State to learn whether estimates were met
With just a few days, West Virginians will learn how much of a recovery state government has made from the “Great Recession.”
At the same time, Gov. Jim Justice and state legislators will get some guidance on how freely they can spend in the future.
West Virginia’s fiscal year ended Saturday. Sometime this week, state officials will learn whether enough revenue was actually collected to match estimates on which the budget was based.
After the end of the 11th month of the fiscal year, on May 31, the situation looked good. Unfortunately, it was not very good.
Budget projections had called for the state to collect $3.81 billion for the general revenue fund during that period. Actual collections totaled about $15.5 million more — with almost all the gains coming during April and May.
That prompted Justice to proclaim that West Virginia is out of the fiscal woods.
But that $15.5 million overestimates represented less than one-half of one percent of estimated collections.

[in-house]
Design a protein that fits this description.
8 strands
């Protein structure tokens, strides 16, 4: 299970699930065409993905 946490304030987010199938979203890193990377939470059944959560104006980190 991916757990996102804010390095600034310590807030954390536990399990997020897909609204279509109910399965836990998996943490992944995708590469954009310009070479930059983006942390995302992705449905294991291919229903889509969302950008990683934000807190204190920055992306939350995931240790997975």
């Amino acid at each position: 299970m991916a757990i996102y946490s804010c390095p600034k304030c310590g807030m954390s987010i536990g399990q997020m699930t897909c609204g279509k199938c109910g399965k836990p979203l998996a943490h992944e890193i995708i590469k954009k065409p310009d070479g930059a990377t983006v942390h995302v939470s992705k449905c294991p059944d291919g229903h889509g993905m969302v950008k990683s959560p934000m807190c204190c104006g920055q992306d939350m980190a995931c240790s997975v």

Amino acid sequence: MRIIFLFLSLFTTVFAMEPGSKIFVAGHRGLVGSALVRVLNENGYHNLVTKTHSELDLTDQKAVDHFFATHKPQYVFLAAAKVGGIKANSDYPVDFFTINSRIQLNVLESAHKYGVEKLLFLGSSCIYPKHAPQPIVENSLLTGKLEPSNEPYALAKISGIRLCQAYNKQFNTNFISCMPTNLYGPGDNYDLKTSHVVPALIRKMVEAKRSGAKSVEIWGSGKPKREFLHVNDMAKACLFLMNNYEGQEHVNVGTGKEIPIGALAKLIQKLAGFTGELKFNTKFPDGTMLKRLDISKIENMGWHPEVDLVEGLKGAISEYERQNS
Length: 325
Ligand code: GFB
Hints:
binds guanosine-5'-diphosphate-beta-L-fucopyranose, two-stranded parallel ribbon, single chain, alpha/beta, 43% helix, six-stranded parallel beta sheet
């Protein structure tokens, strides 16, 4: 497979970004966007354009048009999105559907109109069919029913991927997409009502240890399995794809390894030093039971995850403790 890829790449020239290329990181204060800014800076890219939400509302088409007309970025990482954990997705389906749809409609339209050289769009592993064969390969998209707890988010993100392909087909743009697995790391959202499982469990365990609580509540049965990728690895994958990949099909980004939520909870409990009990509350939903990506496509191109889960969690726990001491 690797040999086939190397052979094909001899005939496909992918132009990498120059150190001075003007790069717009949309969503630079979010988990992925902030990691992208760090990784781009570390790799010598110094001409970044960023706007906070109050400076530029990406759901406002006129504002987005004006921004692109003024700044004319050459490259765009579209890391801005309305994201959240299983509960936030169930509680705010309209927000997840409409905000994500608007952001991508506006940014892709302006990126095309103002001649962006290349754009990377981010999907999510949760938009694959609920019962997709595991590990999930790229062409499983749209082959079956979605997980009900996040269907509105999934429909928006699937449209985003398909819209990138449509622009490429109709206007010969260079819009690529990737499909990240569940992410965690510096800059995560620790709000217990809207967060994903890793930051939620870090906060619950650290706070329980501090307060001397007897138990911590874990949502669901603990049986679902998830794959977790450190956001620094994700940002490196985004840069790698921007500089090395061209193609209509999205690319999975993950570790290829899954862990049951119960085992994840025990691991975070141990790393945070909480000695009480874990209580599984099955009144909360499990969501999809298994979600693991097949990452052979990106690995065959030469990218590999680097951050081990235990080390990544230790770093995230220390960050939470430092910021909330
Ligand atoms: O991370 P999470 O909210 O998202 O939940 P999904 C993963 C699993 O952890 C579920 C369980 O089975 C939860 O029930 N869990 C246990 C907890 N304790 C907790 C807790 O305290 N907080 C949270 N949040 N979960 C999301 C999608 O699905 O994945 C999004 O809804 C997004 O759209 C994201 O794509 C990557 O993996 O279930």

Think about it this way: If you expected to make $100 a year and, instead, took in $100.50, would you be singing, “We’re in the Money?” Probably not.
Perhaps June’s revenue will show a more dramatic increase than was reported at the end of the first 11 months of the fiscal year.
It will have to be dramatic, indeed, for the governor and lawmakers to begin looking for new ways to spend taxpayers’ money. By the time inflation is factored into the equation, any gain is likely to be wiped out.
At least it appears we have gotten through fiscal 2018 without any severe cutbacks in spending or unforeseen borrowing from the Rainy Day Fund. That is good news.
It is not the great news for which some had been hoping, however. And it means Justice and legislators, who will begin budgeting for fiscal 2020 early next year, had better hope for more dramatic increases in revenue during the next six months.